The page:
One of the most important things and key factors that determine the success of your jade plant is watering. Make sure that they the plants are watered properly and never let it dry out completely but don’t keep the soil soggy wet. The idea is to let the potting mix dry in between watering cycles. Watering your jade plant too often can cause root rot. If your jade plant is losing leaves or has leaf spots, this is most commonly caused by too little water.
Jade plants require more water in spring and summer when it is actively growing. Water it thoroughly till water comes out of the drainage holes, then wait until the soil has dried out before watering it again. This simply translates to the fact that; the watering can be twice a week or twice a month depending on how quickly the soil dries out.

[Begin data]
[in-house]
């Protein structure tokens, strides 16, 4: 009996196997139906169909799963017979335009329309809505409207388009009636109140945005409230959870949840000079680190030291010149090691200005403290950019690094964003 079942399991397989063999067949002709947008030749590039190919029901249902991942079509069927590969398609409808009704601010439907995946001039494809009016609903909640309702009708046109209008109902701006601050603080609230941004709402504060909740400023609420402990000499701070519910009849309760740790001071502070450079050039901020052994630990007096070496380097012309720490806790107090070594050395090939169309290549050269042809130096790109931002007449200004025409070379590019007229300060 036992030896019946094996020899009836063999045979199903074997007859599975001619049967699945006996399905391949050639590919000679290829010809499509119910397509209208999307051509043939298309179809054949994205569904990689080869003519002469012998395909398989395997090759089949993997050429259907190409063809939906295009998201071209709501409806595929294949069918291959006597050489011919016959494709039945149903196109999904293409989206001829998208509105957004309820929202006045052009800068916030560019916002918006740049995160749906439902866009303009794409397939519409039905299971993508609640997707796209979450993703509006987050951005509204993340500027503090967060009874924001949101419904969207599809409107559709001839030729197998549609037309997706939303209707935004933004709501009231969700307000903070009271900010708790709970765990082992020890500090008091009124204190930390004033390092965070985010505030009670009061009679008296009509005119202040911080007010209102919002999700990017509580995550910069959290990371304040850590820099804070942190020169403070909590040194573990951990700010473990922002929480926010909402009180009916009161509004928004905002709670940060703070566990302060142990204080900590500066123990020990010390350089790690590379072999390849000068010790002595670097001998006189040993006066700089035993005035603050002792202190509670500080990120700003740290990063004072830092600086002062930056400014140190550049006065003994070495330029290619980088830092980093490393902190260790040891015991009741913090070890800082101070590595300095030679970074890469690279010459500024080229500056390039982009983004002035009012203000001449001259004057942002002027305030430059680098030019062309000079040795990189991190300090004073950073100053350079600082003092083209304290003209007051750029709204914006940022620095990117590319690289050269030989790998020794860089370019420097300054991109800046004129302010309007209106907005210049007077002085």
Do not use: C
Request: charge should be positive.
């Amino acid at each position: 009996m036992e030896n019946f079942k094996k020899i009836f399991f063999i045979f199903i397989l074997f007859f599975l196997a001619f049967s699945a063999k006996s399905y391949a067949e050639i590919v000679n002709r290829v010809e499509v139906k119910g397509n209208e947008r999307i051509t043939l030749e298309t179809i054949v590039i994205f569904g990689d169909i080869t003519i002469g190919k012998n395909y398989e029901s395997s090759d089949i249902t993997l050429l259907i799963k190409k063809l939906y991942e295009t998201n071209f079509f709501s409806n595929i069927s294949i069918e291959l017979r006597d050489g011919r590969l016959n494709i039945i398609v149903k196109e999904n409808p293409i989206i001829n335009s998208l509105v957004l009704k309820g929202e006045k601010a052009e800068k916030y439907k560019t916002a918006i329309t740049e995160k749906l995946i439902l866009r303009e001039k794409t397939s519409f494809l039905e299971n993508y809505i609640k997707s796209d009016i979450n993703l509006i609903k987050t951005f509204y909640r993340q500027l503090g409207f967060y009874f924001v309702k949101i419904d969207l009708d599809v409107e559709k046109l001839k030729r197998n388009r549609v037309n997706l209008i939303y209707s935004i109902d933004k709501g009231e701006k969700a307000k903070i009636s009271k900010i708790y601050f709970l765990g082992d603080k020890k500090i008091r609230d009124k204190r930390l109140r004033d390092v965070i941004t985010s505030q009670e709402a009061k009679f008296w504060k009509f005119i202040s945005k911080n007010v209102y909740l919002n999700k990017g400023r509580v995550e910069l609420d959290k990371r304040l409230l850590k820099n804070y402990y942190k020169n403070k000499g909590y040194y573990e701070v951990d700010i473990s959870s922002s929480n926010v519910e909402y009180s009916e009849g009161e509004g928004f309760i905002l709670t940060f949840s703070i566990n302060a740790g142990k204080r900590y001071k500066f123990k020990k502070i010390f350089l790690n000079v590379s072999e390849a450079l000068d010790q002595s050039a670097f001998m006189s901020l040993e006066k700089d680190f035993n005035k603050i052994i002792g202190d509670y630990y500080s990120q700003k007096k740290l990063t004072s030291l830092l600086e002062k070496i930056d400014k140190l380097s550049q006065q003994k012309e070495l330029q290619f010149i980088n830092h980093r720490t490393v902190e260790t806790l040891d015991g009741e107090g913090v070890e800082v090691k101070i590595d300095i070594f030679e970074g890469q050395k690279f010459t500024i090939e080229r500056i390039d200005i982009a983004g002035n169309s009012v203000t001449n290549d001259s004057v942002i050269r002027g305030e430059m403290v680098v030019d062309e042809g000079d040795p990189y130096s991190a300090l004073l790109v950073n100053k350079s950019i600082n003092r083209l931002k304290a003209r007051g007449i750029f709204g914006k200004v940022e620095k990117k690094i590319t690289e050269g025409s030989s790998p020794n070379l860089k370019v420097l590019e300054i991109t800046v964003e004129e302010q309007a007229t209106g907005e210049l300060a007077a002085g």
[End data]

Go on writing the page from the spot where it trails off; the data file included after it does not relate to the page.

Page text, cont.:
Jade plant goes dormant in fall and winter season and stops growing for a few months and would need very little water. Water it carefully and allow the soil to dry out fully between watering. Large, well-established jade plants need to be watered further lesser.
Avoid wetting the foliage while watering ass the plant loves to be dry and a very humid environmnet can lead to rot.
Soil & Fertilisation
Pot your Jade plants in a loose well-draining potting mix. Also ensure that the potting mix has a good amount of organic matter. When choosing a readymade soil mix to house your jade plant, a succulent-specific blend is the best bet. Ideally, the soil should be either neutral to slightly acidic and drain well in order to prevent excessive moisture from accumulating and leading to fungal growth. If you choose to use an all-purpose potting mix used for generic house plants, add some perlite, wood chips to help assist with drainage and rich an ideal pH. Furthermore, it is better to use terracotta or clay pots for better drainage as they also lose water through their walls. Use a pot that I also wide to increase surface area at the top.